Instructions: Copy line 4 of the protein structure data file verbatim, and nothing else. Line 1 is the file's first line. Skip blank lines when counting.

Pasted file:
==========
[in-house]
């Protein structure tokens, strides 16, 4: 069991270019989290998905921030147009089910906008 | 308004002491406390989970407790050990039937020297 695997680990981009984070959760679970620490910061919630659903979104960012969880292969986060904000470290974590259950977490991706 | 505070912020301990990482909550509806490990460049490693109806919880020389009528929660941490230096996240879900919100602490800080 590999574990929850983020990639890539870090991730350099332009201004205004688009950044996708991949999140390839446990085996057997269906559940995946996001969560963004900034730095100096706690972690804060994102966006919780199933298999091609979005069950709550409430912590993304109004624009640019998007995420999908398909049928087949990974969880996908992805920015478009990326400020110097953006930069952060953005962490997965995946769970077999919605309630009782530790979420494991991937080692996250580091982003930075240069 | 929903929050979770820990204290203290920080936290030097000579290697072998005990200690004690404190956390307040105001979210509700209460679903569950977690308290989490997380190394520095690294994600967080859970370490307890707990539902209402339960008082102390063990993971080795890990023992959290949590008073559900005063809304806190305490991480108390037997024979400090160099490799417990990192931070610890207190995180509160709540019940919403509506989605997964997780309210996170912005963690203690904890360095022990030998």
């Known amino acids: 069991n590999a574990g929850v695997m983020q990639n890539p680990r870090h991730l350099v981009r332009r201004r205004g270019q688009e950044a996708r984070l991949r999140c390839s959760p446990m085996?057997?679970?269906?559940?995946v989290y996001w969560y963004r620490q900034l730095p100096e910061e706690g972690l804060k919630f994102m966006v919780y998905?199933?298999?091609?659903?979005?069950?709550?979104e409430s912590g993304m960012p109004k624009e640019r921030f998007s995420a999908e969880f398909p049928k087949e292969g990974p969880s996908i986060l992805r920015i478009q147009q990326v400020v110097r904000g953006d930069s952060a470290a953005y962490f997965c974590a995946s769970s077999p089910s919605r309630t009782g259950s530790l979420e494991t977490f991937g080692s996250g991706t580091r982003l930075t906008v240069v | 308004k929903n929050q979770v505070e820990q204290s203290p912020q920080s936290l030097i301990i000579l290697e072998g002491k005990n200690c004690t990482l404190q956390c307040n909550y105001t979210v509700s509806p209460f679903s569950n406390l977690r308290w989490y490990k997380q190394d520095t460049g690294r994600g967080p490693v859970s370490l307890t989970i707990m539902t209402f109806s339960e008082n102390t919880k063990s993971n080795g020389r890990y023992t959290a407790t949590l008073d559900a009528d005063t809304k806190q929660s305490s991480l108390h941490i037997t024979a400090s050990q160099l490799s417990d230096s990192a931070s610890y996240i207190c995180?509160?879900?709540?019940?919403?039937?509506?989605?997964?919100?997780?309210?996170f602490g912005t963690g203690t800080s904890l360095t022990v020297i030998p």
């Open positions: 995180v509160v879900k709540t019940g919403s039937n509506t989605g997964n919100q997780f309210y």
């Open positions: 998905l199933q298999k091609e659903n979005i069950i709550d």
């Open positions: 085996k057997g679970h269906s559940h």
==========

């Open positions: 995180v509160v879900k709540t019940g919403s039937n509506t989605g997964n919100q997780f309210y």